The use of analgesics and risk of self‐medication in an urban population sample: cross‐sectional study

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Background and objectives: There are few data in the literature characterizing the pattern of analgesic use in Latin American countries, including Brazil. Little is known about the undertreatment of pain and its influence on the habit of self‐medication with analgesics. The aim of this study is to define the pattern of analgesic use among chronic pain patients and its potential association with self‐medication with analgesics. Method: Cross‐sectional observational study with an urban population sample. Chronic pain was defined as a pain lasting for at least 90 days. The study was approved by the Research Ethics Committee of the institution. Results: 416 subjects were included; 45.7% (n = 190) had chronic pain, with females (72.3%; p = 0.04) being the most affected. Self‐medication with analgesics is practiced by 78.4% of patients with chronic pain. The most common current analgesic treatment consists of non‐steroidal anti‐inflammatory drugs (dipyrone and acetaminophen). Weak opioids are rarely used and only 2.6% of subjects with chronic pain were taking these analgesics. None of the subjects were taking potent opioids. Conclusions: The practice of self‐medication with analgesics is frequent among patients with chronic pain, which may be due to the underprescription of more potent analgesics, such as opioids. It can also be said that, given the data presented, there is no crisis of recreational opioid use in the studied population.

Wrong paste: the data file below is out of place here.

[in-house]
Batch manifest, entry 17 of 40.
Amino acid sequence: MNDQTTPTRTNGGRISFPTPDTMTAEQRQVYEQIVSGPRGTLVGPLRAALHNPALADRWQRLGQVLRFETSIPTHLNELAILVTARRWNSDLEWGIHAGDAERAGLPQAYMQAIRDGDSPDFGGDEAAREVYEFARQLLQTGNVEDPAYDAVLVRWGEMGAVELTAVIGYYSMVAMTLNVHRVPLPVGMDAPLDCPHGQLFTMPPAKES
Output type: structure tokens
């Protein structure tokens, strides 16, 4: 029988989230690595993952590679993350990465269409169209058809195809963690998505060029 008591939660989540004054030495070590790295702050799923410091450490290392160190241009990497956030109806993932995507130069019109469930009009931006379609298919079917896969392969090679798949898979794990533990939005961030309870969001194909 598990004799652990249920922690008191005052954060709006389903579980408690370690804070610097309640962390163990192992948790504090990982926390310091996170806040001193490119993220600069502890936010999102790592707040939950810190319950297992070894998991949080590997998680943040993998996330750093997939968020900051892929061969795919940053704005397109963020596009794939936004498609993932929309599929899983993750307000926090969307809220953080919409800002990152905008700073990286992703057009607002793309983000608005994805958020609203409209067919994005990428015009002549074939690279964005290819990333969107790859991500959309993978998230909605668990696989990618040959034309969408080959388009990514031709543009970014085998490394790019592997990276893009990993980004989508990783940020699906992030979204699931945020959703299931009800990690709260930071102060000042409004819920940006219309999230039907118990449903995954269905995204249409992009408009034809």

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Brazilian Journal of Anesthesiology, v. 69, n. 6, p. 529-536, 2019.